Nyamai recreates this weathering effect by distressing the work—even going so far as to step on his canvases. A process that initially made gallery owner Bart Keijsers Koning anxious. But Nyamai assured him that whatever falls down during the process must fall off; Anything left over becomes an integral part of the creative record.
The story moves like a treadmill across each painting, in haunting, gray backgrounds collaged with archival, newspaper, and personal photographs. Only then do figures appear, torn out of the flow of time and placed in the foreground in the colors yellow, turquoise, pepto pink and Prussian blue.
Six of the seven works in the exhibition unfold conjunctive memories, memories that the artist hoped would have been true in his lifetime: a young boy looking at a scene of tenderness and affection, a couple holding hands while posing for a photograph, a father – possibly the artist’s – holding his son on his back, a mother holding a young child while a father turns and leaves. (For a run? Forever?)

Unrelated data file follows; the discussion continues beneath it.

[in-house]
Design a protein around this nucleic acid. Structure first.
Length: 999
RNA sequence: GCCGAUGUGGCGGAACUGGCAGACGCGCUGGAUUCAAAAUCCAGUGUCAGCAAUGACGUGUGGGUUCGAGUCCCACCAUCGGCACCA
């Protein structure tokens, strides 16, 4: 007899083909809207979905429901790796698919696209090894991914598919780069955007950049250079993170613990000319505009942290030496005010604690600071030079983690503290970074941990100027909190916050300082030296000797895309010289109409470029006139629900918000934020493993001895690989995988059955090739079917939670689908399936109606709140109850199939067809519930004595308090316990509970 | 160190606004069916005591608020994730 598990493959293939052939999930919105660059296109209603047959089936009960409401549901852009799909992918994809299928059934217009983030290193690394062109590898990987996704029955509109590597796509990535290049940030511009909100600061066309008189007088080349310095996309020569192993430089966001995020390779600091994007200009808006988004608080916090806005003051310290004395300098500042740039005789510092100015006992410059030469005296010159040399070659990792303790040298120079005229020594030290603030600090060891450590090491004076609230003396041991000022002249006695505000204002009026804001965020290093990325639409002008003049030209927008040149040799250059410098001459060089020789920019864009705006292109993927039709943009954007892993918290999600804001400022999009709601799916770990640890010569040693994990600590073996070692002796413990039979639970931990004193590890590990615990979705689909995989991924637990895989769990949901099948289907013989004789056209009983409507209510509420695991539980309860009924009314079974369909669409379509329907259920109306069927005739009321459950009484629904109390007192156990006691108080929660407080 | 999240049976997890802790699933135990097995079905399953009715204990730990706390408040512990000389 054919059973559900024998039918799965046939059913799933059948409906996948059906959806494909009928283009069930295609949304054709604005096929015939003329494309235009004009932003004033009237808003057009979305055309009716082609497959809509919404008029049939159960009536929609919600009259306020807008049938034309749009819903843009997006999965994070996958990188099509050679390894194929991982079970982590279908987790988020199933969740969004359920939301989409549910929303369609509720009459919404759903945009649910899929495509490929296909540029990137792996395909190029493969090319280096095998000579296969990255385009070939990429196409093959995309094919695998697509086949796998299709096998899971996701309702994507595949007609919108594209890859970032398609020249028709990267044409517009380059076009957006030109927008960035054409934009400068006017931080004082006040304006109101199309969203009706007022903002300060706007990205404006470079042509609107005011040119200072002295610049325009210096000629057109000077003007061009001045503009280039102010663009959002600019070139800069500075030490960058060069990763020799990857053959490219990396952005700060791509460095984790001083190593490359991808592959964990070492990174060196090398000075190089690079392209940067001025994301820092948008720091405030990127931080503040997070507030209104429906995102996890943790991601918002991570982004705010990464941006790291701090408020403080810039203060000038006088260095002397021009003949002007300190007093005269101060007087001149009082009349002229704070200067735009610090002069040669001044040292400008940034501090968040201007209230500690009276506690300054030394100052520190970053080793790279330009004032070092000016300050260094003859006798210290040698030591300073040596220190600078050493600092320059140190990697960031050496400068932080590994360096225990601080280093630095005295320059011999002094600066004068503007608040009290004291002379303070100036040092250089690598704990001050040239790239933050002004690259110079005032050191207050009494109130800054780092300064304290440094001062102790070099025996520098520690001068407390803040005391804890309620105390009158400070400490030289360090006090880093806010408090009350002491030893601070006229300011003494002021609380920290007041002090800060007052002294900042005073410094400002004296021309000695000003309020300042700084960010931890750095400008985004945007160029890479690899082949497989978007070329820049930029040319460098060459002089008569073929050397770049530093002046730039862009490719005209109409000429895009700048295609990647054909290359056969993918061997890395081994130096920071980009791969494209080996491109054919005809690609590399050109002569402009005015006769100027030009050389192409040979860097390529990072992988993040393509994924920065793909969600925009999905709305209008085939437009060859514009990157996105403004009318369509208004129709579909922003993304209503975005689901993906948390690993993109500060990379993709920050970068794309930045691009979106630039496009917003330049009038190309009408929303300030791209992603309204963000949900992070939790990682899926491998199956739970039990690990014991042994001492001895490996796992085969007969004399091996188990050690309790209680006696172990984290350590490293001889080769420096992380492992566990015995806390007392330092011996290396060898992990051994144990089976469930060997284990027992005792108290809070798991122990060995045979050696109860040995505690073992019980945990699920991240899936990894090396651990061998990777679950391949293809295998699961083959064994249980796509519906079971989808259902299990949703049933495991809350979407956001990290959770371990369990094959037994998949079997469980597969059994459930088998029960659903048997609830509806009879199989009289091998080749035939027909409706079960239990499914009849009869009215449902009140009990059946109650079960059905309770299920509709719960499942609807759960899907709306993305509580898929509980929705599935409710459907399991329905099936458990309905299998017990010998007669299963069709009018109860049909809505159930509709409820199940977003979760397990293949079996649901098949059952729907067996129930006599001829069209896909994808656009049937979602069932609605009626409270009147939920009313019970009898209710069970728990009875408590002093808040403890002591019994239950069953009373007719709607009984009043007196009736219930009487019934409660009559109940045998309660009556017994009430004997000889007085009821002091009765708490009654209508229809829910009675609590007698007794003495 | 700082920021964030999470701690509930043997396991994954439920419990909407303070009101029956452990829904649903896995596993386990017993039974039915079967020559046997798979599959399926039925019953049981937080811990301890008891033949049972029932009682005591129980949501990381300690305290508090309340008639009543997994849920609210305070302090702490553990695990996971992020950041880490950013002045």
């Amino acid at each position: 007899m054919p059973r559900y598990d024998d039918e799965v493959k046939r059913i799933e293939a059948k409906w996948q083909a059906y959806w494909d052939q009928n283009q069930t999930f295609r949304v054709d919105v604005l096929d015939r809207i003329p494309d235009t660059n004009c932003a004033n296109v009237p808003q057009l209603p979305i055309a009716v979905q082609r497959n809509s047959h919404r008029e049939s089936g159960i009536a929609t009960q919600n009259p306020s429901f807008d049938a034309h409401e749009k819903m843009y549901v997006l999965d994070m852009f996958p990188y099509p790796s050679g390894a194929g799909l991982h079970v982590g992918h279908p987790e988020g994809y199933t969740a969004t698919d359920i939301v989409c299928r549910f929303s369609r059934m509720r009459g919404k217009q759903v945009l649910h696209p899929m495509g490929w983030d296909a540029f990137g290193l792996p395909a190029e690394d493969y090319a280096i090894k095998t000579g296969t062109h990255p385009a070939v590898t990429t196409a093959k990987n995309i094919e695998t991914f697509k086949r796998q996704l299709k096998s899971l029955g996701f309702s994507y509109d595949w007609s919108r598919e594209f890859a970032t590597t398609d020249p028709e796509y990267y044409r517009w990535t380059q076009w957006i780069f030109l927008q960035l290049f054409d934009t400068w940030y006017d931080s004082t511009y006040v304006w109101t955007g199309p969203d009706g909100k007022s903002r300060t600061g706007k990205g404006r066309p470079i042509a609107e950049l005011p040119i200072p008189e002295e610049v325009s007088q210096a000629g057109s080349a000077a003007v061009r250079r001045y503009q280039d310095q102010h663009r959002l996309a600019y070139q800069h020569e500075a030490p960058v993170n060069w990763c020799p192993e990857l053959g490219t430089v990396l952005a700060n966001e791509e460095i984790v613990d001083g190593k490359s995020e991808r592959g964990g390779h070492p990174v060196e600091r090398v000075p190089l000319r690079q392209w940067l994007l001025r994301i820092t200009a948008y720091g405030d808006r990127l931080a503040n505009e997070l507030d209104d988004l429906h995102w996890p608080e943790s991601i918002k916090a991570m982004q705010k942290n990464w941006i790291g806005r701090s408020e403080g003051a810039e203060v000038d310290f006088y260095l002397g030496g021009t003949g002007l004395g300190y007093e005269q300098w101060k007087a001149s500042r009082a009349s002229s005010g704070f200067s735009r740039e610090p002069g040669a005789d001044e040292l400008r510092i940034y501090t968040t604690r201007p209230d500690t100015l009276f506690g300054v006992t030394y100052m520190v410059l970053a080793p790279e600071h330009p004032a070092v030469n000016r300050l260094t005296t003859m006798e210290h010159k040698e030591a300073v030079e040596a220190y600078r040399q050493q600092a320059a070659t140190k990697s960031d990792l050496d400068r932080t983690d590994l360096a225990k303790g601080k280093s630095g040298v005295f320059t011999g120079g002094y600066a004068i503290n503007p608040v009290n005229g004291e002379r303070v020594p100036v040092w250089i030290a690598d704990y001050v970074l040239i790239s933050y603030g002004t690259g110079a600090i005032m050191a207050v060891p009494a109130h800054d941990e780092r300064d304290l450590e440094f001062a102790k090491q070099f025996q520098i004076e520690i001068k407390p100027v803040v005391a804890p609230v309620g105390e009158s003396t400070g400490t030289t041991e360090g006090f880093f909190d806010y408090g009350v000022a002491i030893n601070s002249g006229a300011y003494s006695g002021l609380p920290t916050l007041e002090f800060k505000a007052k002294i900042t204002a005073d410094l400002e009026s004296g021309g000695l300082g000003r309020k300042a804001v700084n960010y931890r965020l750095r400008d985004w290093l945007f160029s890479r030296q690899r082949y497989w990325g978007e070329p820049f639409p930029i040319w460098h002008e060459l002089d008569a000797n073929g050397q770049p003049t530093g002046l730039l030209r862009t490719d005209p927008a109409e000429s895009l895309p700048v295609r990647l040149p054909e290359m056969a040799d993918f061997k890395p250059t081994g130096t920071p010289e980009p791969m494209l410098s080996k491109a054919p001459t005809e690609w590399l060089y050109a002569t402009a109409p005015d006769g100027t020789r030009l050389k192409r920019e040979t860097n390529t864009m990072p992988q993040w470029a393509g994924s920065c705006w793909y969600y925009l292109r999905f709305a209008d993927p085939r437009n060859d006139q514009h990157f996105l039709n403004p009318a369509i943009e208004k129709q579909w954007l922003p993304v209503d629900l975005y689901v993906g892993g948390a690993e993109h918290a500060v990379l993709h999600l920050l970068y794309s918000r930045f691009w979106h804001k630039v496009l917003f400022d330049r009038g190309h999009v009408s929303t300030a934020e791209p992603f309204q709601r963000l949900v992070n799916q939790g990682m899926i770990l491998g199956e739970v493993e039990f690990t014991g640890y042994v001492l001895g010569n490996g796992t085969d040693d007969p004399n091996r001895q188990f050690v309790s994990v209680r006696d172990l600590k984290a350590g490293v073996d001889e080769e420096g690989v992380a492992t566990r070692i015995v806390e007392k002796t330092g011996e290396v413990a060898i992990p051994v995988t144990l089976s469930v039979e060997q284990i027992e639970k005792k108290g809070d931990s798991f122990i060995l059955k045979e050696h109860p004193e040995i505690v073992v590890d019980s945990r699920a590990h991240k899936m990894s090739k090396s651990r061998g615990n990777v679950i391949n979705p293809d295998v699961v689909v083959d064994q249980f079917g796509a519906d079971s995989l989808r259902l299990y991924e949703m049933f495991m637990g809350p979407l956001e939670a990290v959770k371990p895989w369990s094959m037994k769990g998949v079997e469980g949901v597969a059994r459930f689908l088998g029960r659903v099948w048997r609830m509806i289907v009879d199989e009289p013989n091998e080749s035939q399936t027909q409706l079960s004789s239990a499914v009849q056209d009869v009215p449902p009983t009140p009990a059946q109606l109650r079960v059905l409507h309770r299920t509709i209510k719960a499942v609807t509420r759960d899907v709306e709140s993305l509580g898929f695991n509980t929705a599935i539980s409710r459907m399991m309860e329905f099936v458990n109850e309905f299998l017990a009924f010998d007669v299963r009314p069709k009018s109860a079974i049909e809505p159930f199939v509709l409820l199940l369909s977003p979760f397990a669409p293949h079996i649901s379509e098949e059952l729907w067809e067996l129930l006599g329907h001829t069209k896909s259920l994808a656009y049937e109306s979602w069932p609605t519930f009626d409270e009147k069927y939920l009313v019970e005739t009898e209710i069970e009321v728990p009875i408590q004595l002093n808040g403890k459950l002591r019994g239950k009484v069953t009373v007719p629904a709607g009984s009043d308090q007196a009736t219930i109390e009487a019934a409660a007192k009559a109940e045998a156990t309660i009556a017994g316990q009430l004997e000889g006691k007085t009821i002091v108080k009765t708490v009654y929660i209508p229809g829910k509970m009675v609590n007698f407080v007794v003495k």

The way Nyamai reconfigures the canvas and abstracts the human form sets him apart from many black diaspora artists who also focus on painting the body. It’s one of the reasons Keijsers Koning is so excited to introduce Nyamai’s work to US audiences.
“Where the figurative work ends, this kind of painting begins,” says Keijsers Koning.
The characters who come to life in Moments I Wished I Had – as well as the backgrounds from which they emerge – reveal the artist’s struggle to translate memory into colour. Characters are not always rendered anatomically; a threaded outline of a nose or a mouth whispers a face.
Nyamai leaves the paintings unresolved, which strangely feels more truthful to the subject. This tension enlivens a much more expressive composition, capturing the delicate and makeshift attitude with which we must approach even our best efforts to (re)build a life.
“I always have an idea of what I’m going to do, but I never know how it’s going to turn out,” says the artist. “It’s like working in a new place where you have expectations. You will be surprised.”